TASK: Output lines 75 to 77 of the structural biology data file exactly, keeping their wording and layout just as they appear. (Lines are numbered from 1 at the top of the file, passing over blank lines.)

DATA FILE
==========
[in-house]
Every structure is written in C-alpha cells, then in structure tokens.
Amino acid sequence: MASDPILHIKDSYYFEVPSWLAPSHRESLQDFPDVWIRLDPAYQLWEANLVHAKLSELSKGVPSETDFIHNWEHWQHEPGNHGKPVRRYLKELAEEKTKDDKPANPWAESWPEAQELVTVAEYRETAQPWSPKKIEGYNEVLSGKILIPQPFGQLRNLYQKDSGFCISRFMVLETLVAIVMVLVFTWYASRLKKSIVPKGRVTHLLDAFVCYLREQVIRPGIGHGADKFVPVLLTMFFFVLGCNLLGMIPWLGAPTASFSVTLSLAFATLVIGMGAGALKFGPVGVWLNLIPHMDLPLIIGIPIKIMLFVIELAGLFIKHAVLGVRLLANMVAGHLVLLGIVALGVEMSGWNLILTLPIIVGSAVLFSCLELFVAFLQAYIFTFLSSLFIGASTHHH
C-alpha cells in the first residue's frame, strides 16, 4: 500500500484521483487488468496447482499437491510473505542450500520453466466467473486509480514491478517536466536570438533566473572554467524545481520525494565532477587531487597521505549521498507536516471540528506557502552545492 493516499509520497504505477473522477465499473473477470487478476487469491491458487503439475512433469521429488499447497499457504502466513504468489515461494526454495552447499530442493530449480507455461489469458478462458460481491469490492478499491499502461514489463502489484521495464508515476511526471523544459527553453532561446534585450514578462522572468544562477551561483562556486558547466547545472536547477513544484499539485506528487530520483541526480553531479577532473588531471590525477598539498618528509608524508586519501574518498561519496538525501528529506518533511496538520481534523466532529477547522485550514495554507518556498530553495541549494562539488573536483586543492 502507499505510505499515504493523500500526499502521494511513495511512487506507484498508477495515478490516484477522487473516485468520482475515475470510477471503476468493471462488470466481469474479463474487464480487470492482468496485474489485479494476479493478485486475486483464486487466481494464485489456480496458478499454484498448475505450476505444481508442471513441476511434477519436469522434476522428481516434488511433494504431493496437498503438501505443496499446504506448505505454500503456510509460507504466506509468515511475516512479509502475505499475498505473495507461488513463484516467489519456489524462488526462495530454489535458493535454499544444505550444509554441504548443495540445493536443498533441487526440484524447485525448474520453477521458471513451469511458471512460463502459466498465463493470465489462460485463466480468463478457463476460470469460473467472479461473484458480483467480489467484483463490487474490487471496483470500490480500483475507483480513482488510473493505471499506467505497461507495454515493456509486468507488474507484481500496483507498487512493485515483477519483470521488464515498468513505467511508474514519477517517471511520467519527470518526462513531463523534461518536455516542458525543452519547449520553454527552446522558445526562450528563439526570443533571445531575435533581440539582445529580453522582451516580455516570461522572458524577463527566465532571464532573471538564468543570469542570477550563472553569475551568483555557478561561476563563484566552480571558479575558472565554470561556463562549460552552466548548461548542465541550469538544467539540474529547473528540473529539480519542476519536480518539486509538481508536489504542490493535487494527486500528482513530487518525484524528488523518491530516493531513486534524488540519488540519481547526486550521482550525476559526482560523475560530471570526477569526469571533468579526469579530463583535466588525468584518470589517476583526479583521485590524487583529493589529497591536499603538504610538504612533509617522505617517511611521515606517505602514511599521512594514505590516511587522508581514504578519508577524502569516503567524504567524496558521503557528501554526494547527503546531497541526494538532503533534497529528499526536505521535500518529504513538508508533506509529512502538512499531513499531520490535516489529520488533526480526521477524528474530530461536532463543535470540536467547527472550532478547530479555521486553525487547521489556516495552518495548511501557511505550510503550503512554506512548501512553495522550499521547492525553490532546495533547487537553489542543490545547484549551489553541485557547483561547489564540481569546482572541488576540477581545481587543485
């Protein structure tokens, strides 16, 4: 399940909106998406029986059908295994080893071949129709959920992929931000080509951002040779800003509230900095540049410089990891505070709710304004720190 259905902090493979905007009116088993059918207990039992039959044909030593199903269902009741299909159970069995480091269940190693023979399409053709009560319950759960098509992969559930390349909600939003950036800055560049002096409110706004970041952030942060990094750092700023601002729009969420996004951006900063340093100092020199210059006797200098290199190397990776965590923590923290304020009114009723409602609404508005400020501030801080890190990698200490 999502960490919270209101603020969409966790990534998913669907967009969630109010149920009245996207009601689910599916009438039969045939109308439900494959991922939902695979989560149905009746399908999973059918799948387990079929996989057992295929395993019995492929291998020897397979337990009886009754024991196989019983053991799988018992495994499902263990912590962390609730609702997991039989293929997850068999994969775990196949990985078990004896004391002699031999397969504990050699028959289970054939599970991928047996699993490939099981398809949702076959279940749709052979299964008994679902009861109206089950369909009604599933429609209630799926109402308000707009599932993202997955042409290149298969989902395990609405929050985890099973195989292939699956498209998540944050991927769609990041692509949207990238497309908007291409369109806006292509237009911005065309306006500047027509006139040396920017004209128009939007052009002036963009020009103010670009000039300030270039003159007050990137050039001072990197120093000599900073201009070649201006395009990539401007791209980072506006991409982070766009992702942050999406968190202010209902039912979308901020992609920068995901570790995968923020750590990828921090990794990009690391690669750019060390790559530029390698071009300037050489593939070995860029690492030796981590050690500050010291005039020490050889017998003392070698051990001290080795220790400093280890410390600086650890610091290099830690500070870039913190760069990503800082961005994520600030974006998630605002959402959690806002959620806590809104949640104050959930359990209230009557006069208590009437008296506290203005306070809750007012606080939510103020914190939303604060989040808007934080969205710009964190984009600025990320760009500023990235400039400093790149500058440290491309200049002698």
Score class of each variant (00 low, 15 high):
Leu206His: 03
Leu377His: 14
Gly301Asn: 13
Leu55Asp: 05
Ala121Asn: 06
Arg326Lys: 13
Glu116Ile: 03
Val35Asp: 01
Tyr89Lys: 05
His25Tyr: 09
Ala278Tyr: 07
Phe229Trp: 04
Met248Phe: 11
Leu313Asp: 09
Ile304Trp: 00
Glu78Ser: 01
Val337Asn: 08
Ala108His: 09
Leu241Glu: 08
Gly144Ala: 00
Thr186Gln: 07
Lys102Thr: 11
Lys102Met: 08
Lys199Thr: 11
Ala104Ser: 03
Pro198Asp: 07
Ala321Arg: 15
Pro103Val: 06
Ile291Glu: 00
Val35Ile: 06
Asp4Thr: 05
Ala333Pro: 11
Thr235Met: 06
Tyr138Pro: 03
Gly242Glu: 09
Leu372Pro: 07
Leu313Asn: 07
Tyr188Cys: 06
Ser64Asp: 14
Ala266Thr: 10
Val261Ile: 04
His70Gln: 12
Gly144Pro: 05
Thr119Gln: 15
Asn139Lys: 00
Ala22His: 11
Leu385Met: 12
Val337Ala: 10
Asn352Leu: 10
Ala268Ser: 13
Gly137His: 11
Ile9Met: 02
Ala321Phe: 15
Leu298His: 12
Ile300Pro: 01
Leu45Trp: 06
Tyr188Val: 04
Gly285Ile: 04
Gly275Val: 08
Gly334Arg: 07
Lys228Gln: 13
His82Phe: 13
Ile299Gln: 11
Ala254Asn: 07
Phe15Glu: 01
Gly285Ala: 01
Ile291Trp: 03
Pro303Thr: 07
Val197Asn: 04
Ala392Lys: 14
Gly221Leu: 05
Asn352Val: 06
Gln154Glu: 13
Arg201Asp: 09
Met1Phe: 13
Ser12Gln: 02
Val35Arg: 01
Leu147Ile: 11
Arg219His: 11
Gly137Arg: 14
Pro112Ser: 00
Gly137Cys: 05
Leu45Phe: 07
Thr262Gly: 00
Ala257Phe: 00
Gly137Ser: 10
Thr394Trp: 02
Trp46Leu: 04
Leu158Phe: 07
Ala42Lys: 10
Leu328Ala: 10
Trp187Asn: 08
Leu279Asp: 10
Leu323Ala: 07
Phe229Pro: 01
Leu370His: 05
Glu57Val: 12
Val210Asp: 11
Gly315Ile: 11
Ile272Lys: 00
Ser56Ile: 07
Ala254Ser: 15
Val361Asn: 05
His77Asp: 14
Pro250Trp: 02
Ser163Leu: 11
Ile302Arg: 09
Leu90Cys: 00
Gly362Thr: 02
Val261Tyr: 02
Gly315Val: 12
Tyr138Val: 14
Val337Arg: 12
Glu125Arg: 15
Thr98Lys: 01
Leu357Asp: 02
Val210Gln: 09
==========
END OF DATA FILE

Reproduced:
Val197Asn: 04
Ala392Lys: 14
Gly221Leu: 05